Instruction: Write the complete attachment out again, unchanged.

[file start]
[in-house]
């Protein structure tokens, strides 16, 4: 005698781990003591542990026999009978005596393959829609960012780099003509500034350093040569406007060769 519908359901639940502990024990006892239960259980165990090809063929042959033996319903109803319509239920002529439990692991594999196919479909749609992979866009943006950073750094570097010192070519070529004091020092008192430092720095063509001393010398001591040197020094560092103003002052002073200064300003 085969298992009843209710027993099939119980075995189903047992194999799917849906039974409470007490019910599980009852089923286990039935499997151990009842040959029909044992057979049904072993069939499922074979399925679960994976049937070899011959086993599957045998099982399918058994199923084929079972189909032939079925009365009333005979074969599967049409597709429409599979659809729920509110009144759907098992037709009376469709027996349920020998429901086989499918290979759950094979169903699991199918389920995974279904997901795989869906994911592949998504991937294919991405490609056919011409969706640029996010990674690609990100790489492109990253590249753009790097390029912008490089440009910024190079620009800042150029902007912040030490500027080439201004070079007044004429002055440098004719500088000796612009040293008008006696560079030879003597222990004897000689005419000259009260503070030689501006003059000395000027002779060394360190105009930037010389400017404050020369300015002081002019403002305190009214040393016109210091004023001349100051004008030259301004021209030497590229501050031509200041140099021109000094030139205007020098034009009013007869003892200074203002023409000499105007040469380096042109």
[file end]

[in-house]
């Protein structure tokens, strides 16, 4: 005698781990003591542990026999009978005596393959829609960012780099003509500034350093040569406007060769 519908359901639940502990024990006892239960259980165990090809063929042959033996319903109803319509239920002529439990692991594999196919479909749609992979866009943006950073750094570097010192070519070529004091020092008192430092720095063509001393010398001591040197020094560092103003002052002073200064300003 085969298992009843209710027993099939119980075995189903047992194999799917849906039974409470007490019910599980009852089923286990039935499997151990009842040959029909044992057979049904072993069939499922074979399925679960994976049937070899011959086993599957045998099982399918058994199923084929079972189909032939079925009365009333005979074969599967049409597709429409599979659809729920509110009144759907098992037709009376469709027996349920020998429901086989499918290979759950094979169903699991199918389920995974279904997901795989869906994911592949998504991937294919991405490609056919011409969706640029996010990674690609990100790489492109990253590249753009790097390029912008490089440009910024190079620009800042150029902007912040030490500027080439201004070079007044004429002055440098004719500088000796612009040293008008006696560079030879003597222990004897000689005419000259009260503070030689501006003059000395000027002779060394360190105009930037010389400017404050020369300015002081002019403002305190009214040393016109210091004023001349100051004008030259301004021209030497590229501050031509200041140099021109000094030139205007020098034009009013007869003892200074203002023409000499105007040469380096042109």